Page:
What Are Initial Coin Offerings and Why Should You Care?

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Crowdfunding has gone through yet another evolution. Initial coin offerings (ICOs) are quickly becoming a popular way to fund cryptocurrency projects. Startups in need of funding are beginning to use digital currency to attract potential early investors, selling digital coins for seed money. Some entrepreneurs are even minting their own digital money, offering their distinct coinage for purchase in exchange for future products, services or funds.

Digital currency explained

Digital currency became a reality in 2008, when the person — or persons — assuming the pseudonym Satoshi Nakamoto unveiled Bitcoin. The digital coin uses the blockchain, a public, distributed ledger to record transactions between users. Bitcoin users trade their coins, which, in essence, are simply encrypted keys. Users can “mine” the coin by solving a complex cryptographic puzzle. Miners race to solve the puzzle, which unlocks the next “block” on the “chain.”

The appeal of Bitcoin, and the reason for its proliferation, is its peer-to-peer nature. There’s no middle man to transact. A Bitcoin user does not need a bank to store his funds. Transactions are managed by the triple entry bookkeeping system of the blockchain. Slowly but steadily, Bitcoin has been increasing in popularity due to this very effective system of tracking transactions. Recently, the coin has experienced incredible highs, hitting over $2,500 per coin.

In addition, Bitcoin is entirely open-source. As a result, hundreds of cryptocurrencies have popped up, looking to improve upon Bitcoin’s model. It’s relatively simple for a group of developers to take Bitcoin’s codebase and build their own digital currency variant, fueling digital currency’s adoption.

ICO vs traditional crowdfunding

Initial coin offerings function similarly to IPOs and other forms of crowdfunding. They differ in that they operate outside of the domain of regulatory bodies. Entrepreneurs leading these projects funded by ICOs claim that once their ventures are running smoothly, their coins can be redeemed by early investors, but there are no regulations or procedures that ensure they fulfill their promises. Financial authorities such as the Securities Exchange Commission (SEC) are unable to reclaim any lost monies due to fraud, for example. In other words, initial coin offerings are, in their current form, essentially unregulated.

“It’s very Wild West,” Sussman, a software developer and cryptocurrency investor, told The New York Times. “It’s very easy to get into a situation where you can send things to a scammer very easily, and there is no recourse for it. That’s kind of the beauty of it, too.”

Why you should care

Despite its lack of oversight, ICOs are gaining traction. According to the research firm Smith & Crown, $522 million has been raised by 65 projects utilizing ICOs. This inventive use of digital currency may change how we fundraise, and, at the very least, could bring to light the issues of leaving cryptocurrency unregulated.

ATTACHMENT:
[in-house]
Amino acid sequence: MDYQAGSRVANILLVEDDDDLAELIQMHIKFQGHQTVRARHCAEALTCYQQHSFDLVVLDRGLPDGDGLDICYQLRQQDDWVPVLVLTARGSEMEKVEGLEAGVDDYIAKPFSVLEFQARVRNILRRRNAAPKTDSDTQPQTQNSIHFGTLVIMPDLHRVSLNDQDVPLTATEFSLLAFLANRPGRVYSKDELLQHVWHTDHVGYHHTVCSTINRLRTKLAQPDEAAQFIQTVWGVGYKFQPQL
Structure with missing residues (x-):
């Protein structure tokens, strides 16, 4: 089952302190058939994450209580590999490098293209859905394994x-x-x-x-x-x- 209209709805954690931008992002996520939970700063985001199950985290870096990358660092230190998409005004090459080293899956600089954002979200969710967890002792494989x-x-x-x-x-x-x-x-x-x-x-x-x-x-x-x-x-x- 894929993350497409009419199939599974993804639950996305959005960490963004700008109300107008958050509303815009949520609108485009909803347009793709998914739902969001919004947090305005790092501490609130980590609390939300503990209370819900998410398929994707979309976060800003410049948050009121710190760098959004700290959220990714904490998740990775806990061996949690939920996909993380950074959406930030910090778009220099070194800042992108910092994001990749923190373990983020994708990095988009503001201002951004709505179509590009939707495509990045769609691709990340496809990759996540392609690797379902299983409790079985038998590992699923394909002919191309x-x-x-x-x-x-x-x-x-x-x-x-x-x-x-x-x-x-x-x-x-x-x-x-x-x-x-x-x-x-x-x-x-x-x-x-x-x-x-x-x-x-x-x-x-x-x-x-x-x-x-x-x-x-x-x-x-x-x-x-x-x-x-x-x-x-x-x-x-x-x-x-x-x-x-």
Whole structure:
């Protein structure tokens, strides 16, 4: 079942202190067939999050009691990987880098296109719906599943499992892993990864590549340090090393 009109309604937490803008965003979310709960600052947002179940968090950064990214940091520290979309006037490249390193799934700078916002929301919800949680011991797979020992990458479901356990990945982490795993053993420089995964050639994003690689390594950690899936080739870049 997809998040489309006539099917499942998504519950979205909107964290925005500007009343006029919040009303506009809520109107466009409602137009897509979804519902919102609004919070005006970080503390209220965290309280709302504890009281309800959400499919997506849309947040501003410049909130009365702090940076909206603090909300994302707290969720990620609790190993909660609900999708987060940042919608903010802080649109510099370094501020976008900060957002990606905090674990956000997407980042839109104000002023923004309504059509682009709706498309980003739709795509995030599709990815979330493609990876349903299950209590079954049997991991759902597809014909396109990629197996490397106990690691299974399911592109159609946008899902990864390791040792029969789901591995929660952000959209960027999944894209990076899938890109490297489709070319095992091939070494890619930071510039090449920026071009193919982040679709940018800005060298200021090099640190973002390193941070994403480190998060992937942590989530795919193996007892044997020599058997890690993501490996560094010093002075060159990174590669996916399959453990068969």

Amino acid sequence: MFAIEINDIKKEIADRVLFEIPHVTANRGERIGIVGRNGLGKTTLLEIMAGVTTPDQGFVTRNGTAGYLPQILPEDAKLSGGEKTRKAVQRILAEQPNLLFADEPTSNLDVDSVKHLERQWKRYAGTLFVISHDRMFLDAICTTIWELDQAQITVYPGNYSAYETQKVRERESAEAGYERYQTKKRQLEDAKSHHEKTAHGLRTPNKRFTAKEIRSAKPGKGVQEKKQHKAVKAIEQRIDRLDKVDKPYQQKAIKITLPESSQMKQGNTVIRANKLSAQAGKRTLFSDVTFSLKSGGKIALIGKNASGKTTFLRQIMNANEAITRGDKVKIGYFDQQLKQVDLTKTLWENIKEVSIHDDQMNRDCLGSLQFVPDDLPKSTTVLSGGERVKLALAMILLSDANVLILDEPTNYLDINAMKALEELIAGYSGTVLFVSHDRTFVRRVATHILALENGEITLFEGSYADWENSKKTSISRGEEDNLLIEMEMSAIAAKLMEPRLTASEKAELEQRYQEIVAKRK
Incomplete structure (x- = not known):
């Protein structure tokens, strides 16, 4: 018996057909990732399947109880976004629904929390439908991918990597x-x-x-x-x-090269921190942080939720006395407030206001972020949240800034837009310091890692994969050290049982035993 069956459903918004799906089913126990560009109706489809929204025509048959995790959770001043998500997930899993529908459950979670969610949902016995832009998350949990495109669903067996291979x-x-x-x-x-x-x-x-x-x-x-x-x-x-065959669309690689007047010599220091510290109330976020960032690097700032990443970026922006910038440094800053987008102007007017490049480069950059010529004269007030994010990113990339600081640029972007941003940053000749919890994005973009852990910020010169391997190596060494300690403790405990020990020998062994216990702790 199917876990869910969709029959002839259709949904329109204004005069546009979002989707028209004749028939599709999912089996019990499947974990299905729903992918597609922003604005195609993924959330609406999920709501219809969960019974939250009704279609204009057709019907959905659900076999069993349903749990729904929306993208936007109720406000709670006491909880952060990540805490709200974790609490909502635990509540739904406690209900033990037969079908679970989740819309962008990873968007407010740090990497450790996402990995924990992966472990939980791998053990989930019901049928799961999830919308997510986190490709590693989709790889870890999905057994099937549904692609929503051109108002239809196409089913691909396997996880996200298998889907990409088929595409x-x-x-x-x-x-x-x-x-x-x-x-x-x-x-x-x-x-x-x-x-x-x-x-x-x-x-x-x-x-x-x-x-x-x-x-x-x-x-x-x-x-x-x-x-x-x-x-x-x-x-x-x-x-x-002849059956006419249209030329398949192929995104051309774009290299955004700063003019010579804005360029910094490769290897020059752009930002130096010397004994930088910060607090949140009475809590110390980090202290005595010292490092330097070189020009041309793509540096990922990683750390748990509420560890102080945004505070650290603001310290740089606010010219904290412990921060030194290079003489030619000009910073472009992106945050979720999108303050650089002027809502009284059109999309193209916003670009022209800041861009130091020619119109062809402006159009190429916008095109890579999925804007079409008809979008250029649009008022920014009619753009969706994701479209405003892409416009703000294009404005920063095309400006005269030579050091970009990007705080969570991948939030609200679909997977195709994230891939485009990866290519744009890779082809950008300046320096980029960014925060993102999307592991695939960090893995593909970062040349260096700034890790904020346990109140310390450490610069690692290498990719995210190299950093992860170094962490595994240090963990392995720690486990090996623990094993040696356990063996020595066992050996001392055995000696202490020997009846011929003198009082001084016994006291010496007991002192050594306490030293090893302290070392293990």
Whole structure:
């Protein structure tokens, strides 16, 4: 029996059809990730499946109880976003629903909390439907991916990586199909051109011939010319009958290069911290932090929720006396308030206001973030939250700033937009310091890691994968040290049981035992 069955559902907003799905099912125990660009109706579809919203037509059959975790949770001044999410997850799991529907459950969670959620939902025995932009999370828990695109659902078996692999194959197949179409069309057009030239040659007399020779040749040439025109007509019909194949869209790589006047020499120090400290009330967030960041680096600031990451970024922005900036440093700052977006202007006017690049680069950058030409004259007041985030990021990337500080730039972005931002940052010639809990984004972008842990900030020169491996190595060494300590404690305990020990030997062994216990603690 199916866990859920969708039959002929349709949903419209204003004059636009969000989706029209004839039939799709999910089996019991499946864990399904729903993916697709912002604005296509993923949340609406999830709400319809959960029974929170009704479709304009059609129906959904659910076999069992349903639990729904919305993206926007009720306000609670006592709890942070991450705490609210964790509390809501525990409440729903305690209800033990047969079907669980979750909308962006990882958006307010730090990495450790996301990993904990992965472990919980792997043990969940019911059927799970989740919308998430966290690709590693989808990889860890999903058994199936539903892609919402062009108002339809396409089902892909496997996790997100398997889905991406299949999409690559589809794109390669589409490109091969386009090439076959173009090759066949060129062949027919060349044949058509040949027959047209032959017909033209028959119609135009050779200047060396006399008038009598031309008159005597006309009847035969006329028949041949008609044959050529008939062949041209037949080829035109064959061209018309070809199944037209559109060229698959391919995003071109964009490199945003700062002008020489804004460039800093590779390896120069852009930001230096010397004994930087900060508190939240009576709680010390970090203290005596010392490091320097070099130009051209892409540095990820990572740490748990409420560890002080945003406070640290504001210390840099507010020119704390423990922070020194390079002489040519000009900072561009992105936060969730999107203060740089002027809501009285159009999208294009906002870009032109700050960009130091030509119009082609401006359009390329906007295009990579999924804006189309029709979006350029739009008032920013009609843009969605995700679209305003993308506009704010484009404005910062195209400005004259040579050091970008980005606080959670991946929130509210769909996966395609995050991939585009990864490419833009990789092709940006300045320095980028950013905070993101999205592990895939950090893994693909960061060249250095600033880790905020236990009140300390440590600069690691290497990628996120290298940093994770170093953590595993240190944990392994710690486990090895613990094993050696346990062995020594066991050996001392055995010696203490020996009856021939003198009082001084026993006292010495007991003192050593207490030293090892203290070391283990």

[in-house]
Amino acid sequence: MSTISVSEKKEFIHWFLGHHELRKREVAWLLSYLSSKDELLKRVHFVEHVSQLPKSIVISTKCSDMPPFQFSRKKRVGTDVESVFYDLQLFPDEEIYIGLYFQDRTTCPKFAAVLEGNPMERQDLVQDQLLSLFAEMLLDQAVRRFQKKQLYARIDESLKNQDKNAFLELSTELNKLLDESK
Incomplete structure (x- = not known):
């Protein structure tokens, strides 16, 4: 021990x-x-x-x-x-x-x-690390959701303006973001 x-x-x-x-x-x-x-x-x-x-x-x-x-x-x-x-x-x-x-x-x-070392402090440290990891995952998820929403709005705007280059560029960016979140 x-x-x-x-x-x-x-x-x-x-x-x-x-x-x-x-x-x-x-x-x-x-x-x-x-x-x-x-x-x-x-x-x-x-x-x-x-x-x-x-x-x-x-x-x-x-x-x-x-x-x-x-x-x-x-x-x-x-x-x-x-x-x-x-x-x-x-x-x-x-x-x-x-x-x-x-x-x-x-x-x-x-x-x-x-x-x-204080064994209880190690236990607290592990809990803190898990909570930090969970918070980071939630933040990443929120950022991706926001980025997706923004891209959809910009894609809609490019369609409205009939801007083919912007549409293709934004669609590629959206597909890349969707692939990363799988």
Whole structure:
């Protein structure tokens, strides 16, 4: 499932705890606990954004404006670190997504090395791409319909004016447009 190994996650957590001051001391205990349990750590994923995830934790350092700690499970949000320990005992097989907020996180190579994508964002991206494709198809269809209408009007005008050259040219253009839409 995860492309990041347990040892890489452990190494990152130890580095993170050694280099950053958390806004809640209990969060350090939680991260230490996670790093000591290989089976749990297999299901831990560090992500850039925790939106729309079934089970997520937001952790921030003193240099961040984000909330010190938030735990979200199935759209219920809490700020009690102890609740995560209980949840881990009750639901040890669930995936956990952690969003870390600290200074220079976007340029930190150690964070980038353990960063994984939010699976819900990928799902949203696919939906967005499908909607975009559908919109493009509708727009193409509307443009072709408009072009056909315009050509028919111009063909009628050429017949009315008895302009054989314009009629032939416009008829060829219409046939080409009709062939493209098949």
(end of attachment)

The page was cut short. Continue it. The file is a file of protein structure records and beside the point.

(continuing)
Entrepreneurs are now using the power of cryptocurrencies to fundraise outside the traditional financial system, for better or for worse. Some are making their own coins, offering a chance to invest in a new coin and a new product or service at the same time.

Most are simply offering Bitcoins at a set price in exchange for fiat currency to launch their startups, and these efforts are being met with great success. What’s more, legitimate initiatives have been launched by these offerings. Brendan Eich, of Mozilla fame, raised $35 million in half a minute by selling tokens that will power his new browser, Brave, which aims to eliminate advertisements.

Although there are worries about the very real risk of abusing an unregulated fundraising system, no major scams have yet been reported, and, perhaps more encouraging, ICOs could see regulation in the near future.

Conclusion

It’s possible that how startups fundraise has already changed. ICOs have immense potential to connect enthusiasts with entrepreneurs, but, at the same time, they could easily be degraded by a lack of regulation and, as a result, face abandonment in the future. ICOs have made connecting with investors astonishingly quick and painless — in fact, perhaps it renders the process entirely too quick and too painless to survive.

Cryptocurrency, in all its forms, is an extremely volatile market. Interesting innovations will continue to spring forth from the blockchain, but what falls away and what lasts in the cryptocurrency sphere — only time will tell. Initial coin offerings may very well be crowdfunding of the future, but they may also prove to be a passing fad.

Guest Author: Paul Sciglar – https://twitter.com/PaulSciglar

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